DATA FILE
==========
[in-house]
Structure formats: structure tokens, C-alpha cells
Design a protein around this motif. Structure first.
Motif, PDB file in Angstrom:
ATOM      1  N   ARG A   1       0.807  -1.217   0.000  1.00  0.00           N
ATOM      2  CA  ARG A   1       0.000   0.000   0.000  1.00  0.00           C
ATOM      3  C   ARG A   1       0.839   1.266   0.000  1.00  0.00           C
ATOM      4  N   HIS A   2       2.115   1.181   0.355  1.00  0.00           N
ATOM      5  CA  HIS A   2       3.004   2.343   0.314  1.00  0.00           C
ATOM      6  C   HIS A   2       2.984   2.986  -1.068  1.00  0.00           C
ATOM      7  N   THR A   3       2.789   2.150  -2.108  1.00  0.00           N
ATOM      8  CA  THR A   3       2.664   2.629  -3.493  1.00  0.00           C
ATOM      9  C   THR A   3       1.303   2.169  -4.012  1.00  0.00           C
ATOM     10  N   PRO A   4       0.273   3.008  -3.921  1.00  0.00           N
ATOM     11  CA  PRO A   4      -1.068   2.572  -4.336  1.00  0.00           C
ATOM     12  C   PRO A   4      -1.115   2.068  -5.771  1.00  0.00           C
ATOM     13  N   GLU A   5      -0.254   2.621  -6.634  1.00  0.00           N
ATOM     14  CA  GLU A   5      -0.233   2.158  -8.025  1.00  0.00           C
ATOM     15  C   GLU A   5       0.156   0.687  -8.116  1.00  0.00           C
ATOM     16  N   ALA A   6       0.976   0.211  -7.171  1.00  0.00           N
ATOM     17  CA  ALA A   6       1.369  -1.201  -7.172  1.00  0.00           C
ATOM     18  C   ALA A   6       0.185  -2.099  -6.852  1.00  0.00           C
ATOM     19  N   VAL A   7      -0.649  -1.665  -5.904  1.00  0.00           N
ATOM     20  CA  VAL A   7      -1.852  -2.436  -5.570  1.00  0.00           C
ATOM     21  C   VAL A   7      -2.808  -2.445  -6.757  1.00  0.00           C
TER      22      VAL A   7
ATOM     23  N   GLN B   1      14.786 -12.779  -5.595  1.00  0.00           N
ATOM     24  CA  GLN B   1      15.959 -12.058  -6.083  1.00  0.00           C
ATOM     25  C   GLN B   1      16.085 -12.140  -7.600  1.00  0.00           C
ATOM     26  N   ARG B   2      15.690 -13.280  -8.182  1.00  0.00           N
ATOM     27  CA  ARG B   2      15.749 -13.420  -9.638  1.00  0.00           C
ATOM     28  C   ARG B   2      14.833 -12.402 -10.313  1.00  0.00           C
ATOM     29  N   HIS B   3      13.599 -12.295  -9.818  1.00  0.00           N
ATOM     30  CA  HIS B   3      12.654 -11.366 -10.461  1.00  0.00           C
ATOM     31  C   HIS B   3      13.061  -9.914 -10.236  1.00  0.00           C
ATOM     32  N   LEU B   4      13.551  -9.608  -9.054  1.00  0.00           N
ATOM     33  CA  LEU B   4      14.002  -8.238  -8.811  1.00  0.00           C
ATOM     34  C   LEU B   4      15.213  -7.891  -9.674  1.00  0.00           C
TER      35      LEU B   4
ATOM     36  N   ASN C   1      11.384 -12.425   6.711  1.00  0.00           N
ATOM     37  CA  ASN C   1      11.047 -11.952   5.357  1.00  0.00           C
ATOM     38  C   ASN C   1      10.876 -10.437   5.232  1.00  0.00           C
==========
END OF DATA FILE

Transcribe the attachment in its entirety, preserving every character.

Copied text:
[in-house]
Structure formats: structure tokens, C-alpha cells
Design a protein around this motif. Structure first.
Motif, PDB file in Angstrom:
ATOM      1  N   ARG A   1       0.807  -1.217   0.000  1.00  0.00           N
ATOM      2  CA  ARG A   1       0.000   0.000   0.000  1.00  0.00           C
ATOM      3  C   ARG A   1       0.839   1.266   0.000  1.00  0.00           C
ATOM      4  N   HIS A   2       2.115   1.181   0.355  1.00  0.00           N
ATOM      5  CA  HIS A   2       3.004   2.343   0.314  1.00  0.00           C
ATOM      6  C   HIS A   2       2.984   2.986  -1.068  1.00  0.00           C
ATOM      7  N   THR A   3       2.789   2.150  -2.108  1.00  0.00           N
ATOM      8  CA  THR A   3       2.664   2.629  -3.493  1.00  0.00           C
ATOM      9  C   THR A   3       1.303   2.169  -4.012  1.00  0.00           C
ATOM     10  N   PRO A   4       0.273   3.008  -3.921  1.00  0.00           N
ATOM     11  CA  PRO A   4      -1.068   2.572  -4.336  1.00  0.00           C
ATOM     12  C   PRO A   4      -1.115   2.068  -5.771  1.00  0.00           C
ATOM     13  N   GLU A   5      -0.254   2.621  -6.634  1.00  0.00           N
ATOM     14  CA  GLU A   5      -0.233   2.158  -8.025  1.00  0.00           C
ATOM     15  C   GLU A   5       0.156   0.687  -8.116  1.00  0.00           C
ATOM     16  N   ALA A   6       0.976   0.211  -7.171  1.00  0.00           N
ATOM     17  CA  ALA A   6       1.369  -1.201  -7.172  1.00  0.00           C
ATOM     18  C   ALA A   6       0.185  -2.099  -6.852  1.00  0.00           C
ATOM     19  N   VAL A   7      -0.649  -1.665  -5.904  1.00  0.00           N
ATOM     20  CA  VAL A   7      -1.852  -2.436  -5.570  1.00  0.00           C
ATOM     21  C   VAL A   7      -2.808  -2.445  -6.757  1.00  0.00           C
TER      22      VAL A   7
ATOM     23  N   GLN B   1      14.786 -12.779  -5.595  1.00  0.00           N
ATOM     24  CA  GLN B   1      15.959 -12.058  -6.083  1.00  0.00           C
ATOM     25  C   GLN B   1      16.085 -12.140  -7.600  1.00  0.00           C
ATOM     26  N   ARG B   2      15.690 -13.280  -8.182  1.00  0.00           N
ATOM     27  CA  ARG B   2      15.749 -13.420  -9.638  1.00  0.00           C
ATOM     28  C   ARG B   2      14.833 -12.402 -10.313  1.00  0.00           C
ATOM     29  N   HIS B   3      13.599 -12.295  -9.818  1.00  0.00           N
ATOM     30  CA  HIS B   3      12.654 -11.366 -10.461  1.00  0.00           C
ATOM     31  C   HIS B   3      13.061  -9.914 -10.236  1.00  0.00           C
ATOM     32  N   LEU B   4      13.551  -9.608  -9.054  1.00  0.00           N
ATOM     33  CA  LEU B   4      14.002  -8.238  -8.811  1.00  0.00           C
ATOM     34  C   LEU B   4      15.213  -7.891  -9.674  1.00  0.00           C
TER      35      LEU B   4
ATOM     36  N   ASN C   1      11.384 -12.425   6.711  1.00  0.00           N
ATOM     37  CA  ASN C   1      11.047 -11.952   5.357  1.00  0.00           C
ATOM     38  C   ASN C   1      10.876 -10.437   5.232  1.00  0.00           C